Teaching Profession

Are End-of-the-Year Motivational Campaigns Insulting to Teachers?

By Alix Mammina — May 01, 2018 3 min read
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As the school year winds down, some teachers use Facebook and Twitter to encourage their colleagues to stay motivated and finish strong. And while many teachers responded positively to the messages, some say it feeds a false—and insulting—narrative about the teaching profession.

The Twitter campaign #LastBell, which was originally launched in 2016 by the Women in Education Leadership Voxer group, started up again this week. The campaign will run throughout May, and invites teachers to share resources and motivational messages to encourage each other “‘til the last bell rings.”

While some found the posts uplifting, many teachers raised concerns about the unspoken message behind campaigns like this one. In a short open letter posted on Twitter, English literature teacher David Theriault asked, “Do you think us classroom teachers just give up three weeks early? Do you think the public needs another reason to think teachers aren’t doing their job?”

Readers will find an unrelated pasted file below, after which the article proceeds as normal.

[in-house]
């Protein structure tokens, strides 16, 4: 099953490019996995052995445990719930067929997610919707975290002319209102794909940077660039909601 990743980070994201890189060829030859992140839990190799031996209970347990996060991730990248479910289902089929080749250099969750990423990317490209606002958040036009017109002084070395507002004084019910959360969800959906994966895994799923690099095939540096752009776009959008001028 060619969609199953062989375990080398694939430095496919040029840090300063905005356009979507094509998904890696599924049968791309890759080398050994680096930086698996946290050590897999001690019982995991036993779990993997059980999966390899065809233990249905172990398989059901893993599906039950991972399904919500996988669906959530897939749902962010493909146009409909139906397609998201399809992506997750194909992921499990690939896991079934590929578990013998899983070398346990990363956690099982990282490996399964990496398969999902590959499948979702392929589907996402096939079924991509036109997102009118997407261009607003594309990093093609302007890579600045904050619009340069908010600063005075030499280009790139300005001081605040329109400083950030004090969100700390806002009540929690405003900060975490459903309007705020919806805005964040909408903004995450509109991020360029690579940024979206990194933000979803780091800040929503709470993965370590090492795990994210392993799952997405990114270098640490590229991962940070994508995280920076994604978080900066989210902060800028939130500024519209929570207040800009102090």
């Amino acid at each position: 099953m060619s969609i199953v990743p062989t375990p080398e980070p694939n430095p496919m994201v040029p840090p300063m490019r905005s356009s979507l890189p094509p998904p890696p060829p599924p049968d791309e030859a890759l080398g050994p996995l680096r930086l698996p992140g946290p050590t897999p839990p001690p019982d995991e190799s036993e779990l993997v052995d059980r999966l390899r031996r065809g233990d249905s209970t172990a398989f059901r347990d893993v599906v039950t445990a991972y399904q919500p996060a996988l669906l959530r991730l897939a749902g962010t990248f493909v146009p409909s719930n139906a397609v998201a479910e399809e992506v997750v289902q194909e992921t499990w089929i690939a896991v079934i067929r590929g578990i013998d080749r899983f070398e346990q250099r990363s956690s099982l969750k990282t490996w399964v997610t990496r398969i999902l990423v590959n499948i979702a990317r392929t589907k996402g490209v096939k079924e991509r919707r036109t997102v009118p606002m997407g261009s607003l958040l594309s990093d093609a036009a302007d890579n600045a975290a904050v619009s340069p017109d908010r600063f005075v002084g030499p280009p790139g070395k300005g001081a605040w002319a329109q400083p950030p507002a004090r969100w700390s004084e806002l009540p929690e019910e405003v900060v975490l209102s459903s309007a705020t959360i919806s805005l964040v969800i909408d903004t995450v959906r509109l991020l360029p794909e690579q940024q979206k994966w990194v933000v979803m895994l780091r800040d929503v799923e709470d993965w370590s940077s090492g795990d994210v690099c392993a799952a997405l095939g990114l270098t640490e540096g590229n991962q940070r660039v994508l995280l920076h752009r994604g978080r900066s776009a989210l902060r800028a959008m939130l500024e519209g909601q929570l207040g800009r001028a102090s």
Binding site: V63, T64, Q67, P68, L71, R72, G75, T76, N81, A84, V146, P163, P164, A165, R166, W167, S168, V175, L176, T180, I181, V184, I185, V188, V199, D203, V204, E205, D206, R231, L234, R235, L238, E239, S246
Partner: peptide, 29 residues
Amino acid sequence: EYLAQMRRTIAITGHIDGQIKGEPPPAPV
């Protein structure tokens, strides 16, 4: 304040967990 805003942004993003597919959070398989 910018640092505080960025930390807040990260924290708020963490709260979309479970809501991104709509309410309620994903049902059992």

English language arts teacher Jodie Morgenson agreed, tweeting, “If you need me, I’ll be teaching, planning to teach, attending PD to improve my teaching, or reflecting on my teaching ... until the end of the school year AND throughout the summer.”

Others shared similar complaints:

And some educators offered explanations as to why the perception of the “end-of-the-year slump” persists. “The #lastbell stuff is nonsense, because it’s the standardized tests that created the idea of the ‘lame duck’ period at the end of the year anyway,” middle school teacher Jana Maiuri tweeted.

Update (May 3): Seemingly in response to the stream of negative comments about the campaign, there has been a burst of support for #lastbell on Twitter.

Teachers, do you find end-of-the-year social media campaigns encouraging or exasperating? Share your thoughts in the comments below.

[CORRECTION: A previous version of this post misstated who started the #lastbell campaign and when it began. It was started by the WEL Voxer group in May 2016.]

A version of this news article first appeared in the Teaching Now blog.